?

Log in

No account? Create an account

Previous Entry | Next Entry

Where the Antidepressives Are

Since several of my friends seemed interested, wanted to scribble down a few impressions of Spike Jonze's take on Where the Wild Things are whilst it is fresh in the tiki braaaiiiiiiin.

Above the cut summary: flawed, but worth a look, if only for the fucking amazing Henson Shop creatures. And, yeah, there is OMG teh drama, though I personally didn't find myself much affected. Maybe not a kids movie. If you have doubts, then I'd go prescreen it, since you know your kids better than I do.

I didn't really care about spoilers for this movie, since, duh, I'd read the book, but I'm putting the rest under a cut just in case you don't wanna see it yet.



Just some background on my experience of WTWTA. Yes, they did have the book when I was a teensy kid (I'm old but not that old). For some reason, I didn't see it until I was at least a grumpy adolescent. I was at least old enough to have read interviews with Sendak, who seemed pretty persnickety, which seemed pretty cool.
Anyways, I liked it enough that when I was starting one of my jobs, I brought in that set of Wild Things action figures McFarlane made a few years back to decorate my cube.

I went to the screening with Boneboy. All you need to know about Boneboy + WTWTA is he has a Wild Things tattoo. Yeah, it's kinda like his life.

Stuff I liked about the movie: maybe the first 15 or 20 minutes, when you see that amazing kid who's playing Max and his relationship with his family. The only sour note was the self-conscious Indy music. I found it annoying, and my annoyance only increased as the picture went on.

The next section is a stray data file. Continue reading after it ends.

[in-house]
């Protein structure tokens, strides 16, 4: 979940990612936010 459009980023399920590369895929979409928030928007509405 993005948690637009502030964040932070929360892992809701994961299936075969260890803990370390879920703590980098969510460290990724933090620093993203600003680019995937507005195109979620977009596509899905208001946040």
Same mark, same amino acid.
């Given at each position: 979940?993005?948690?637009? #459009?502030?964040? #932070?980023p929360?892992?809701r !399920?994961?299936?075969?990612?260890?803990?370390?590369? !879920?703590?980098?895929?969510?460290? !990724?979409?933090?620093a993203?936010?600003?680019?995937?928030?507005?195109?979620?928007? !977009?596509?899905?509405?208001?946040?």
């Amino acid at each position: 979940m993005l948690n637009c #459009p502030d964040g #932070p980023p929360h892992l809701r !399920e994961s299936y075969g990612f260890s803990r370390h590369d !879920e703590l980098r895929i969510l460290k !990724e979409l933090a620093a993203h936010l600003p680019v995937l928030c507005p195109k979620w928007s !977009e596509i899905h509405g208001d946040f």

For me, things started to go south the minute Max crawls up the hill and discovers a forest full of Wild Things. As I noted above, the creatures themselves are flawless. I'm a total CGI cynic. There is NOTHING that pulls me out of a movie these days like the "Oh, look, bad CGI monster!" reaction. This was anything but. As you might know, you first encounter the critters in the dark, and I was waiting to see them pop out into the sunlight and all the strings and wires suddenly become visible, but that really didn't happen. I'll be damned if I can figure out what was muppet and what was computer. They totally knocked this one out of the park.

No, it wasn't the look of the things, it was the sound of ... well, I'm still trying to decide. An unpleasant family Thanksgiving? A first day at the office with the world's most neurotic coworkers? Look, you walk up to a bunch of oversized hairy beasts whacking the shit out of the CGI underbrush, and my reaction is, "Uh, I'm sorry, I'm late for my dentist appointment." Really, I didn't wanna spend time with the Wild Things. Except maybe Lauren Ambrose's chicken-footed beastie, but then I'm a big Six Feet Under fan.

Sendak once claimed the beasts were somehow inspired by dinners he remembered as a boy with his overbearing relatives. I have the terrible feeling Eggers and Jonze heard this and decided to run with it.

It's a dicey thing to question someone's artistic choices in a movie. After all, I'm not a director, nor a writer. But I just think we use allegories for a good reason - it makes for some powerful stories. It makes for stories you actually want to sit through, that is, without sneaking a peek at your Boba Fett watch every 15 minutes.